In 1901, in the leading Insular Case of Downes v. Bidwell, the Court considered the question of whether the Constitution’s requirement that all taxes and duties be uniform “throughout the United States” applies in Puerto Rico. The Court decisively answered that no, the taxation provision—and the Constitution more generally—does not apply in Puerto Rico.  In the Court’s view, applying the Constitution in Puerto Rico would lead to an absurd result: It would mean that territorial inhabitants, whether “savage or civilized” would be “entitled to all the rights, privileges and immunities of citizens.” This could not be. Clearly, the “alien races” of the territories did not deserve the benefits of “Anglo-Saxon principles of government.”

Based on this racist logic, the Court went on to set out what has come to be known as the doctrine of territorial incorporation. In short, the doctrine provides that it is up to Congress to decide whether and to what extent the Constitution applies in territories. If Congress chooses to “incorporate” a territory, like Hawai’i, the Constitution automatically applies in full. But in unincorporated territories, like Puerto Rico and Guam, people do not enjoy Constitutional protections unless and until Congress chooses to extend them.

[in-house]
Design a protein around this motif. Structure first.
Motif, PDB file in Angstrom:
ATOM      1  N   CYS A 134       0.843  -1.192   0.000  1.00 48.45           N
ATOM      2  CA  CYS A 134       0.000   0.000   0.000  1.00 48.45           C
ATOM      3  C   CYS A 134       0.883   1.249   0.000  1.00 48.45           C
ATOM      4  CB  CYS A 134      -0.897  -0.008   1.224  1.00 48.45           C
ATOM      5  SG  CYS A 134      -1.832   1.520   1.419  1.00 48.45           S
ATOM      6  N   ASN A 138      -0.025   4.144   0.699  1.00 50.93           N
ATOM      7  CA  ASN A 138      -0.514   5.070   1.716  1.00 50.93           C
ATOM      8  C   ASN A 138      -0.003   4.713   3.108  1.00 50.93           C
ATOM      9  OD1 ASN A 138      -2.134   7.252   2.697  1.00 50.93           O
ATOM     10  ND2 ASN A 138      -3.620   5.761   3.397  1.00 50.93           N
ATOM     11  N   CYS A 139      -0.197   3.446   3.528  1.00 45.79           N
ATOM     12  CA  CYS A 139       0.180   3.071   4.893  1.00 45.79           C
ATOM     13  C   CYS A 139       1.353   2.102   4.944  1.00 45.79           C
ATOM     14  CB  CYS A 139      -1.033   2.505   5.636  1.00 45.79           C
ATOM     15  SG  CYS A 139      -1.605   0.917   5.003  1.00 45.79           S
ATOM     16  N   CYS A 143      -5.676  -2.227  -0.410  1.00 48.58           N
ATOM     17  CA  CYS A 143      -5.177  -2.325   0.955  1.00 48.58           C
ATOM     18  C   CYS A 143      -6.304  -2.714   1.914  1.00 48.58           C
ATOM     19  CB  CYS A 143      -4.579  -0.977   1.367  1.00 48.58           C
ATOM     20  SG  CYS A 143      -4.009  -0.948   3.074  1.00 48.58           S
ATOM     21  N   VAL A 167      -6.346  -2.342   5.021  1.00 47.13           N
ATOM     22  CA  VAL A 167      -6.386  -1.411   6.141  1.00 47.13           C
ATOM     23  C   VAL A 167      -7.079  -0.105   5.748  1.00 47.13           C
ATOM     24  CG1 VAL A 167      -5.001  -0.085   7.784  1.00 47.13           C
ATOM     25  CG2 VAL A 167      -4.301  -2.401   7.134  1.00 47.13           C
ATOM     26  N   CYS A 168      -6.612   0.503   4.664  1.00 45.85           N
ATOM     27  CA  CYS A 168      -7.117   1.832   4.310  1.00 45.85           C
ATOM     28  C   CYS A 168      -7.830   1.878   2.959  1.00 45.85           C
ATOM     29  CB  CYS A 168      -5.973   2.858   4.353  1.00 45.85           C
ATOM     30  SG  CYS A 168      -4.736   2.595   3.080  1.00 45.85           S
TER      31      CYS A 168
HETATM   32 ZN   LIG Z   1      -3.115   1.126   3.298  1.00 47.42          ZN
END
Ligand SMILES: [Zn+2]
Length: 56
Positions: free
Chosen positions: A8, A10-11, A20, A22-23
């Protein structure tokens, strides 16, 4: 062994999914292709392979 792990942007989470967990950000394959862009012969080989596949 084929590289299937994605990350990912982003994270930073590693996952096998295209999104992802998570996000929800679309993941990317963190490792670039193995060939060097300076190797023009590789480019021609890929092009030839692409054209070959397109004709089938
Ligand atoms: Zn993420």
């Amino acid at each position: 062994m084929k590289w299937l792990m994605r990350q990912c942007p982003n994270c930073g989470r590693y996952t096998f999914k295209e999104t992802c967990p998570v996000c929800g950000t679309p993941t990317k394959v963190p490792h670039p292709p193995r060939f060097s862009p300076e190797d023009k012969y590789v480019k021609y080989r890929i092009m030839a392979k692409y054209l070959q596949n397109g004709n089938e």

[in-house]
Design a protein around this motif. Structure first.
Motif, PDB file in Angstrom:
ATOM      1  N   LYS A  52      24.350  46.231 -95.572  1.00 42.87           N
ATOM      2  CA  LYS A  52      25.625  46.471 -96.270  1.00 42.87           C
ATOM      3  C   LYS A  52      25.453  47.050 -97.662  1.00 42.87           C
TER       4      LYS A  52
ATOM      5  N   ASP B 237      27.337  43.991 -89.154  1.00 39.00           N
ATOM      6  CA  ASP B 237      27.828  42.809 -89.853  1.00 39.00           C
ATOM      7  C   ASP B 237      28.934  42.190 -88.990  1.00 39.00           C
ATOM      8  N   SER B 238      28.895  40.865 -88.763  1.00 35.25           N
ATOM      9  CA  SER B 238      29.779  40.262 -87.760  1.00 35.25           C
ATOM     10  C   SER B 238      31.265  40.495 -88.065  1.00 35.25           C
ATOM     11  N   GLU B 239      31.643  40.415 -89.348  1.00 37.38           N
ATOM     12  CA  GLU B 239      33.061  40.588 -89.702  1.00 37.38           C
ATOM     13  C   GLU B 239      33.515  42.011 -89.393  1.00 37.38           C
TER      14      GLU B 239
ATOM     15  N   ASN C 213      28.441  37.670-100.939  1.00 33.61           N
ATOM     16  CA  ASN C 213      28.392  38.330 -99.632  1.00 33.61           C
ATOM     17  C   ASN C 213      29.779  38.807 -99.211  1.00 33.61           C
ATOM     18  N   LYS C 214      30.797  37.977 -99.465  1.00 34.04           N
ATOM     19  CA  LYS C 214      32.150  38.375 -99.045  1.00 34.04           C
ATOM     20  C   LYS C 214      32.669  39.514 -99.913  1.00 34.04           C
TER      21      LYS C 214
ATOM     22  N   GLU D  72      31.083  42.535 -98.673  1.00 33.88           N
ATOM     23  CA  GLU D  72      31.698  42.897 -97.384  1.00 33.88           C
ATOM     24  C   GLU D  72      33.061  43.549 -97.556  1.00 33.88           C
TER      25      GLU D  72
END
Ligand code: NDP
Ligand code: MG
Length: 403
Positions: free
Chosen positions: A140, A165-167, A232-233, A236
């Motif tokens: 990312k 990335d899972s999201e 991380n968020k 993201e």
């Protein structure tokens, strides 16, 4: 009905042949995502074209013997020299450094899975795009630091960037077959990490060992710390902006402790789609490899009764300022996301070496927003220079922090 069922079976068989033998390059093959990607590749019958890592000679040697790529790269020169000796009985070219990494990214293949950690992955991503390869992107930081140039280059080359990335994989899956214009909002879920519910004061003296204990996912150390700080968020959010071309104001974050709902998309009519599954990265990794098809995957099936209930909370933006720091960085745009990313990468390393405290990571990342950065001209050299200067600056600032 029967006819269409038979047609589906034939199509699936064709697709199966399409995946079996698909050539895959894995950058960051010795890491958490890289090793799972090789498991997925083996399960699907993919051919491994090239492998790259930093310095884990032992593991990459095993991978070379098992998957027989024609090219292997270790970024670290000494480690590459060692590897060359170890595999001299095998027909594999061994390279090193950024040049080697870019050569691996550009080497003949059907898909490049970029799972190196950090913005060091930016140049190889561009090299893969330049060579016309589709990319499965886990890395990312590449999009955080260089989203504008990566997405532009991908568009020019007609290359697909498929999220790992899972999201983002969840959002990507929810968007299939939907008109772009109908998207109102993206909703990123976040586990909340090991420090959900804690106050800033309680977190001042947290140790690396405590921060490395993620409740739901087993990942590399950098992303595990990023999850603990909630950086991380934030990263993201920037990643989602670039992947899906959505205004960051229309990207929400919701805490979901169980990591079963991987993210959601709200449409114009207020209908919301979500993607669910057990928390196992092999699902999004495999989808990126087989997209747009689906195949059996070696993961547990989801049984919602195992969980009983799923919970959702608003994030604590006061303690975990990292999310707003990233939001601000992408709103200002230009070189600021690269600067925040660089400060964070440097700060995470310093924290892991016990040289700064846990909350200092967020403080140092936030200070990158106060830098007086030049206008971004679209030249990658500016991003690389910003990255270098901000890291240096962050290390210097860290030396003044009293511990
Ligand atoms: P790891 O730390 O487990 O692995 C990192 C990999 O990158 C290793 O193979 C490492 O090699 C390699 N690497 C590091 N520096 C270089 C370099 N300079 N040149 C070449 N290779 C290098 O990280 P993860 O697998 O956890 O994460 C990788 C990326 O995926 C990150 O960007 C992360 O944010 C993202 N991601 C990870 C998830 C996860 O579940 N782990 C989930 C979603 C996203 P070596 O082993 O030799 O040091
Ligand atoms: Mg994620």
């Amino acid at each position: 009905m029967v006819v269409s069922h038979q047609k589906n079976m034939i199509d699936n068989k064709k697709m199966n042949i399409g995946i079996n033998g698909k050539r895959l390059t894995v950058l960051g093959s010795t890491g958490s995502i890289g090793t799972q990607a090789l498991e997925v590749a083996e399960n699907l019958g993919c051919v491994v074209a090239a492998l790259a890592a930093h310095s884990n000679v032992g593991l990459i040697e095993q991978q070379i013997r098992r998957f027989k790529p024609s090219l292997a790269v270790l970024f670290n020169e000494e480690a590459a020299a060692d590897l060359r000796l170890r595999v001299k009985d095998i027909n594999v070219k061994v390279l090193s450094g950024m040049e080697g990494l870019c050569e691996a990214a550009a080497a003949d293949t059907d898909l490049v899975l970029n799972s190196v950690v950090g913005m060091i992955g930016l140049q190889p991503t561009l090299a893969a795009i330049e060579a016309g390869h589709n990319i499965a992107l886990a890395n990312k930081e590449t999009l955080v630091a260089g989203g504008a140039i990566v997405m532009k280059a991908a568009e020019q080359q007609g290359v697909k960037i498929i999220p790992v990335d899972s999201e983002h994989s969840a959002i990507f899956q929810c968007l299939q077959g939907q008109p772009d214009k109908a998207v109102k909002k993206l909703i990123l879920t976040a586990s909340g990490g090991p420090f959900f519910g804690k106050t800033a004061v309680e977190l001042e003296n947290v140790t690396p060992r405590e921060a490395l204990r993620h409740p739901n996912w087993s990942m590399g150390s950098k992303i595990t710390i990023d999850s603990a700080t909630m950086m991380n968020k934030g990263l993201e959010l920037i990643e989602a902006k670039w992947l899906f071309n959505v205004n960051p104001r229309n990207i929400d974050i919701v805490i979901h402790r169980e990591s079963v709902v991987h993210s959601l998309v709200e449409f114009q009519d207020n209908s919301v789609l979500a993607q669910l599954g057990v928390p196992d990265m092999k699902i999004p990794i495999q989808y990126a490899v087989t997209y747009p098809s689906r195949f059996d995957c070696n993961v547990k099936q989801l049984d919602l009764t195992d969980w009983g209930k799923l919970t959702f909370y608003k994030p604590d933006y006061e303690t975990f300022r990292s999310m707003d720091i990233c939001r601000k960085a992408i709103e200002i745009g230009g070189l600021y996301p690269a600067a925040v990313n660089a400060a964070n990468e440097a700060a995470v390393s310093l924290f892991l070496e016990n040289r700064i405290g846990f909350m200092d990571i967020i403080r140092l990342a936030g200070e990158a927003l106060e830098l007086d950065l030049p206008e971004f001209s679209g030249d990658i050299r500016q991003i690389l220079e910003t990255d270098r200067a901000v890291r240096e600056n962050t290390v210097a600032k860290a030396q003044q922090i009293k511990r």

Twenty years later, the Court qualified that territorial inhabitants are entitled to certain “fundamental rights,” but what exactly this means remains uncertain. What is clear is that these “fundamental rights” are something less than those enshrined in the Bill of Rights. For example, territorial inhabitants likely do not enjoy 14th Amendment birthright citizenship. Puerto Ricans and Guamanians are citizens because Congress has given them this status legislatively. But the people of American Samoa, another U.S. territory, are not citizens because Congress has never extended them this status (and many American Samoans feel they are better for it). And, of course, territorial inhabitants do not have the right to voting representation in Congress or the right to vote for their commander in chief.